[Haskell-cafe] Another Question

Richard O'Keefe ok at cs.otago.ac.nz
Thu Feb 3 22:20:25 CET 2011

On 3/02/2011, at 8:18 PM, Navin Rustagi wrote:

> hi , 
> I am stuck in the following problem. 
> I am maintaining  a list of  tuples of the form 
> ([Char],Int,Int, Int,Int) . The purpose of maintaining the tuples is that the 
> program reads from a file line by line , Matches the contents with the first element of the tuple and updates the tuple respectively.
> The precise function I am using is as follows 
> tupup::Bool->[Char]->Int->Int->Int->Int->Char->([Char],Int,Int,Int,Int) 
> tupup val elf els elr ell elx ys= if val then 
>                                           case ys of  'A'  -> (elf, els+1,elr,ell,elx) 
>                                                       'G'  -> (elf,els, elr +1,ell,elx)
>                                                       'C'  -> (elf,els,elr,  ell +1,elx) 
>                                                       'T'  -> (elf,els,elr,ell,  elx +1)
>                                            else (elf,els,elr,ell,elx)
> uptable::[[Char]]->[([Char],Int,Int,Int,Int)]->[([Char],Int,Int,Int,Int)]
> uptable (xf:xs) main_array = map (\(x,y,z,r,t)-> tupup (x==xf) x y z r t (secvalue xs) ) main_array
> It gives the error ERROR - Control stack overflow. I assume it is because of the lazy evaluation .

The lazy evaluation of the ech+1 expressions, to be specific.

By the way, could I make a plea for narrower lines in your source code?
Ninety-nine columns is much wider than I find comfortable.

A little white space helps readability too.

I want to offer you a completely Haskell 98 solution.

Step 1.

    Let's look at the types.  Trust me, this WILL pay off.  Twice.

    The type (String,Int,Int,Int,Int) occurs several times here.
    In fact this appears to represent a "maplet" String :-> (Int,Int,Int,Int).
    We'll refactor that and make a data type for the counts.

data Codon_Counts = Codon_Counts Int Int Int Int

type Codon_Map = [(String, Codon_Counts)]

Step 2.

   Two things are intermingled here: a control structure for applying a function
   to the second part of maplets whose first part equals a given key, and what
   to do to those second parts.  Let's factor out the control structure.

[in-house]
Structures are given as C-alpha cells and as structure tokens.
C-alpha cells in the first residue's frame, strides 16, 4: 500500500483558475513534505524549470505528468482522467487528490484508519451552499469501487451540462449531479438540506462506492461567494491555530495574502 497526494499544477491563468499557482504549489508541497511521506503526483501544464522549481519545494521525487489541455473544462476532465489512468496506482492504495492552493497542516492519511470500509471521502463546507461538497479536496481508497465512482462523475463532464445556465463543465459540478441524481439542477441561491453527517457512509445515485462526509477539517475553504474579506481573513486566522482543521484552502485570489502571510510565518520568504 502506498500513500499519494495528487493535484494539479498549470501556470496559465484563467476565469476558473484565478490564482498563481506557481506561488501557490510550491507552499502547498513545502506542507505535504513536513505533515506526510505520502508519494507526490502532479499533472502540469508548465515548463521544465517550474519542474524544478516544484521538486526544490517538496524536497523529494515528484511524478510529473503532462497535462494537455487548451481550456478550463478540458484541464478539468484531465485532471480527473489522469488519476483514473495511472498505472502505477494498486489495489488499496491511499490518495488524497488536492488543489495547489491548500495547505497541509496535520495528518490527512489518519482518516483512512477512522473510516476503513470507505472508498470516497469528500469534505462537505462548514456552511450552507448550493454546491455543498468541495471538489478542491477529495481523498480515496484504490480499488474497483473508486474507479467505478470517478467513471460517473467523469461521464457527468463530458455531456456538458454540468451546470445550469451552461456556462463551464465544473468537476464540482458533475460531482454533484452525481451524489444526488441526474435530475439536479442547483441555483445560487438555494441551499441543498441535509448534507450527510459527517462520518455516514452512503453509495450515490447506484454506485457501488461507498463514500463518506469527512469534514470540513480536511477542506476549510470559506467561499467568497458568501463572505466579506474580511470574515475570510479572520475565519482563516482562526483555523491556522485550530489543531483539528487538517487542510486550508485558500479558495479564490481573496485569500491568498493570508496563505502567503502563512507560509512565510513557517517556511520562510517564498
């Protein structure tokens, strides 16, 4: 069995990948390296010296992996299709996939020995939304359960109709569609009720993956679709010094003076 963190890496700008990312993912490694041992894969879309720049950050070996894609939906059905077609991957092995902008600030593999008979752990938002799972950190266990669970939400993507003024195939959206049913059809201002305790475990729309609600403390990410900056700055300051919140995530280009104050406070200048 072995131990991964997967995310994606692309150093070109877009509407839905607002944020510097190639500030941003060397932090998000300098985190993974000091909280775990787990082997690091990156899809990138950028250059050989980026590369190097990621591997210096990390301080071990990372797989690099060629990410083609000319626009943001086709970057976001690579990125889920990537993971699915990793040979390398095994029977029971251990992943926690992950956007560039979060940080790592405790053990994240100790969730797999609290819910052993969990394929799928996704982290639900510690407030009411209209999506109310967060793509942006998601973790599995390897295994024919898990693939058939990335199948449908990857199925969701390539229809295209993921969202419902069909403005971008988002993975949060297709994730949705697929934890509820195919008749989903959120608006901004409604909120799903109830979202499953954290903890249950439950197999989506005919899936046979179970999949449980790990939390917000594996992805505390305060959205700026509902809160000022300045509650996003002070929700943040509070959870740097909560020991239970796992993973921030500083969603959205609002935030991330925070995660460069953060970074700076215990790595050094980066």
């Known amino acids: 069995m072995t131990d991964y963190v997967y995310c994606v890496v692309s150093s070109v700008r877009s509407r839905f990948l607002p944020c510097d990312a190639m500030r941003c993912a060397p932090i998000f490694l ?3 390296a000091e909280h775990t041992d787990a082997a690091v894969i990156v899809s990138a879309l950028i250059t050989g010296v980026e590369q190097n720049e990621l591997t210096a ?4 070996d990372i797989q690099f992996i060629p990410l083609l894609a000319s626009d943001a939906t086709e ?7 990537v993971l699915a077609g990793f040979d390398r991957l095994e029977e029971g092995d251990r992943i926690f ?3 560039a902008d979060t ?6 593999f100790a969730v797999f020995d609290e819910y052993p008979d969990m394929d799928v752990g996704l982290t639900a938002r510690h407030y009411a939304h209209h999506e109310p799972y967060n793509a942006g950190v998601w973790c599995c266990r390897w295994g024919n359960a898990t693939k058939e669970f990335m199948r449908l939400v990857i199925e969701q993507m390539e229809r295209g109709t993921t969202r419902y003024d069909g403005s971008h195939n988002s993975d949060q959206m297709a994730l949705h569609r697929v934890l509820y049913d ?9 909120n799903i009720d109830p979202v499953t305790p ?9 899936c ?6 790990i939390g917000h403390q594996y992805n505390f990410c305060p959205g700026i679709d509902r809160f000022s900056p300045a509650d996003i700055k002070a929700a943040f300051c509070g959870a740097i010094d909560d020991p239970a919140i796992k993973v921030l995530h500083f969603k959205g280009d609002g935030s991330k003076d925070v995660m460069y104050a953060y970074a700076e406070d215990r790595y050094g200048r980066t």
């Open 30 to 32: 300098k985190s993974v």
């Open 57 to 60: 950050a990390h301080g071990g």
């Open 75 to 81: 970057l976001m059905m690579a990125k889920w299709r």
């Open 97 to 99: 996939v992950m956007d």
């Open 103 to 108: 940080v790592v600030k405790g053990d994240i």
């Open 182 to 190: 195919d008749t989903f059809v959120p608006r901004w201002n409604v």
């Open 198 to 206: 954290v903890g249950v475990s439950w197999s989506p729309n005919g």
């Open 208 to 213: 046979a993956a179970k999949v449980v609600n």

map_matching_maplets :: Eq k => k -> (a -> a) -> [(k, a)] -> [(k, a)]

map_matching_maplets k f = 
  map (\maplet@(key,val) -> if key == k then (key,f val) else maplet)

Step 3.

    Write an 'update_codon_map' function.

update_codon_map :: [String] -> Codon_Map -> Codon_Map

update_codon_map (what:how) =
    map_matching_maplets what $
      case secvalue how of
        'A' -> \(Codon_Counts a g c t) -> Codon_Counts (a+1) g c t
        'G' -> \(Codon_Counts a g c t) -> Codon_Counts a (g+1) c t
        'C' -> \(Codon_Counts a g c t) -> Codon_Counts a g (c+1) t
        'T' -> \(Codon_Counts a g c t) -> Codon_Counts a g c (t+1)

Step 4.

    Add strictness annotations.  In Haskell 98, the only place you
    can put strictness annotations is in types.   That's one of the
    reasons I introduced the Codon_Counts type.  Change just one line
    so the declaration reads

data Codon_Counts
   = Codon_Counts !Int !Int !Int !Int

Step 5.

    I suspect that there is still a big performance problem.
    I *think* that this list of tuples is *really* a map from
    some key to a set of codon counts, so that a call to
    update_codon_map is expected to change just one maplet.

    If that's so, then having a Codon_Map type has a big payoff, because
    you can do

import qualified Data.Map as Map

type Codon_Map = Map.Map String Codon_Counts

update_codon_map (what:how) map = Map.update f what
  where f (Codon_Counts a g c t) =
          Just $ case secvalue how of
                   'A' -> Codon_Counts (a+1) g c t
                   'G' -> Codon_Counts a (g+1) c t
                   'C' -> Codon_Counts a g (c+1) t
                   'T' -> Codon_Counts a g c (t+1)

If there are n items in the map, the list based code is O(n),
while this is O(log n).

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